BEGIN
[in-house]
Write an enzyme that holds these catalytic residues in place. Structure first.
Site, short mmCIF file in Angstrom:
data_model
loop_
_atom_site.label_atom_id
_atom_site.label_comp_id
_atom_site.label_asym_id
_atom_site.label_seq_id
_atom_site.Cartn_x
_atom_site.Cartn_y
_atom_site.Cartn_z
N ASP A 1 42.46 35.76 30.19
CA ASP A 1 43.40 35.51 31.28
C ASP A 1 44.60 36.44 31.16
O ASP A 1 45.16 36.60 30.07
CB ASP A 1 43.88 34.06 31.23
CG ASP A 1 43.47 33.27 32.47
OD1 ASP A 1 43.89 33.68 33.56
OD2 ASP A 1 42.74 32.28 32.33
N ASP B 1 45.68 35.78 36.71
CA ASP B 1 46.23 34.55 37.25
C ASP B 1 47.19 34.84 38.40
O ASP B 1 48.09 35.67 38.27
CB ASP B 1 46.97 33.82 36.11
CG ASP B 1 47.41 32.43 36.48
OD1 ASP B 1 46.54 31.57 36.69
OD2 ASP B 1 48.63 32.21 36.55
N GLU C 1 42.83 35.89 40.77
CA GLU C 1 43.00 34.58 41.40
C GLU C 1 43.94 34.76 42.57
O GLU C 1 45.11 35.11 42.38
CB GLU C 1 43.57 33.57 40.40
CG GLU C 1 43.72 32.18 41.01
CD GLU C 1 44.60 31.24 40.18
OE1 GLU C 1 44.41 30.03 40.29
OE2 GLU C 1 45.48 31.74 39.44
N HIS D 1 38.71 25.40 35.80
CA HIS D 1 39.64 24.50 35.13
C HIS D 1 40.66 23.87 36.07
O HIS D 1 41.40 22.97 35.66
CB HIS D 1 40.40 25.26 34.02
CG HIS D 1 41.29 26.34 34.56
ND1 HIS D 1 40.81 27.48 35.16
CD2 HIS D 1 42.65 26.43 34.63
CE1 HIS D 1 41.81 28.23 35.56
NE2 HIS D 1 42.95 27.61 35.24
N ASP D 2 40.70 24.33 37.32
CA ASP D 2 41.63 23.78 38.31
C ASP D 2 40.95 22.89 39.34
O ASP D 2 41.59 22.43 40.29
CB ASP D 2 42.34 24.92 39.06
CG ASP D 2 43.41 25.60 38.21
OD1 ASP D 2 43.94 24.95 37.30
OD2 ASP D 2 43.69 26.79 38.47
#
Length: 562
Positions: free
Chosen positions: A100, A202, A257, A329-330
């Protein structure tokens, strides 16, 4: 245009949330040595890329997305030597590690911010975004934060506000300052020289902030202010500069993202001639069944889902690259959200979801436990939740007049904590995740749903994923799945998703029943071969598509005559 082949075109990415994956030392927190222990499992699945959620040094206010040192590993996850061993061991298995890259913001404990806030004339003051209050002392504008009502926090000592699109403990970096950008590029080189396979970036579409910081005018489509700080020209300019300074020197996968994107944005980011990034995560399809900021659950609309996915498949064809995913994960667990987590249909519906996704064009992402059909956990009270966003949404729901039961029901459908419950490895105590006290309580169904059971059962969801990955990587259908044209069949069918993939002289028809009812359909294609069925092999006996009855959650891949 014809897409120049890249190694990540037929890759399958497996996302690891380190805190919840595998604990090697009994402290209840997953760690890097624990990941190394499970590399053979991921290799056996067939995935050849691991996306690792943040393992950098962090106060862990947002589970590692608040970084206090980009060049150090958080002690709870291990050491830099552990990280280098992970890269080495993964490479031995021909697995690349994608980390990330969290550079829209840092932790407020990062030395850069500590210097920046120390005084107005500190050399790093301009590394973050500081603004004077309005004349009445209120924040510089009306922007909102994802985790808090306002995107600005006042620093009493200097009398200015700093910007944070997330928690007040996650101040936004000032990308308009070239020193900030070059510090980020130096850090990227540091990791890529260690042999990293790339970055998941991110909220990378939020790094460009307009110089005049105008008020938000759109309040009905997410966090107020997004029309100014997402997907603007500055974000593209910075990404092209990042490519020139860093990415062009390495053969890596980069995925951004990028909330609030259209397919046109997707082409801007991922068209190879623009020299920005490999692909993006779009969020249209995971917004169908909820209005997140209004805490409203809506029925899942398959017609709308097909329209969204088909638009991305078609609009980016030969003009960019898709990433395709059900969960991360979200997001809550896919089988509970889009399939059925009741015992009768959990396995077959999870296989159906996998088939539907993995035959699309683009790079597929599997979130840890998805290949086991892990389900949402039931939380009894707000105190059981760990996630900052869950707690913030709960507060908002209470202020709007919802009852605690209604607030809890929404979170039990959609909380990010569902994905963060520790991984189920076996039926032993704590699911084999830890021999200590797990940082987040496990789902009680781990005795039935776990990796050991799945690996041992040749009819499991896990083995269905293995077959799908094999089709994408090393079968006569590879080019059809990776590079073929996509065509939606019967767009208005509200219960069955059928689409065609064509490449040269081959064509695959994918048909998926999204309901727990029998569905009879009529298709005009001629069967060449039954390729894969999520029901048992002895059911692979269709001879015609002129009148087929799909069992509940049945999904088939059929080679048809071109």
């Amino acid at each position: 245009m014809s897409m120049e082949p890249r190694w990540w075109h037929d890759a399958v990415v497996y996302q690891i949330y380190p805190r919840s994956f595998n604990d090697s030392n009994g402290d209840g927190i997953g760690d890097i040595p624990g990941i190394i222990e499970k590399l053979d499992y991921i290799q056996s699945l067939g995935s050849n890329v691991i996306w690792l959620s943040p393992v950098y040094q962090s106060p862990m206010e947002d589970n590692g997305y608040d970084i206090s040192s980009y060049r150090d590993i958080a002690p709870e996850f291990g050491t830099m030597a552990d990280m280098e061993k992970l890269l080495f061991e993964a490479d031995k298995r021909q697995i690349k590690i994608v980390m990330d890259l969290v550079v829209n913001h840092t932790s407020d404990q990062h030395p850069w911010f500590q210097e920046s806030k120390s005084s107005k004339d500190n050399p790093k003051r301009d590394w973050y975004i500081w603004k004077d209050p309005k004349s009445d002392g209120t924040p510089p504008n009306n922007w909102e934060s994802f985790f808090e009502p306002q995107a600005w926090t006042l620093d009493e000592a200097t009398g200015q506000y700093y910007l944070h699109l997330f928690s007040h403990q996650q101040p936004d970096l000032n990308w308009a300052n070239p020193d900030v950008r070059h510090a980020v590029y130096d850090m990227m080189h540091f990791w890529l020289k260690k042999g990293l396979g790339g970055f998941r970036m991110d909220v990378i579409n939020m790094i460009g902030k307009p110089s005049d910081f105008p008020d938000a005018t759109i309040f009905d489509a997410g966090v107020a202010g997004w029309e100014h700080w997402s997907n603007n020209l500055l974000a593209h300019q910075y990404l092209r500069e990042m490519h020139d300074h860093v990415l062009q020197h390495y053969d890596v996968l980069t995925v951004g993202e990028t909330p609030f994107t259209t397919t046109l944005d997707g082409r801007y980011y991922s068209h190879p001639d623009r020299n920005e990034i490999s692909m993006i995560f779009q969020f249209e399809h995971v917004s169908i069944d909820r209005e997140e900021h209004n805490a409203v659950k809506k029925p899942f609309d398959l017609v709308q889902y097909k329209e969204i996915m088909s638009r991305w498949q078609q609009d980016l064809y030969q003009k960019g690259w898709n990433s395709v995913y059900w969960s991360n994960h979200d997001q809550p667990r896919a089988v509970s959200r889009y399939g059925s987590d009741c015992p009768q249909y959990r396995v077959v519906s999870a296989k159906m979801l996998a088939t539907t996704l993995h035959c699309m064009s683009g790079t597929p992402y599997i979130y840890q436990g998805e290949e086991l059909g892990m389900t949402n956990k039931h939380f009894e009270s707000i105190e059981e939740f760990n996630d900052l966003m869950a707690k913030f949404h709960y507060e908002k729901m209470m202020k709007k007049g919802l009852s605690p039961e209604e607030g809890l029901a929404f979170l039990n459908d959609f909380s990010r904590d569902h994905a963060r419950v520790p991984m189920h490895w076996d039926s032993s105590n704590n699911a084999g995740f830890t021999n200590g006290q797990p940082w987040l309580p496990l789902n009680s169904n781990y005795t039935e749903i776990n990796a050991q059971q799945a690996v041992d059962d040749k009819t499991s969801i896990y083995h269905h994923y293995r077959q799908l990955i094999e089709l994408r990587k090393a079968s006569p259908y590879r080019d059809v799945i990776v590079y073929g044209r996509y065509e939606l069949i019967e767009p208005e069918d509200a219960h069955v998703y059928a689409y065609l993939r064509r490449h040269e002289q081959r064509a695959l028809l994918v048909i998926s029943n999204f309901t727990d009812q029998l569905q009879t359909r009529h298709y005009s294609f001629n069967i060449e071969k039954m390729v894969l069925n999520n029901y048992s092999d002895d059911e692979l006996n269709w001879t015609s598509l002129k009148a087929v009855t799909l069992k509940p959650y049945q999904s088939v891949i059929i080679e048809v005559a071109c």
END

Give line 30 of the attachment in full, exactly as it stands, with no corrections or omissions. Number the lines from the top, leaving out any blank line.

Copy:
CA GLU C 1 43.00 34.58 41.40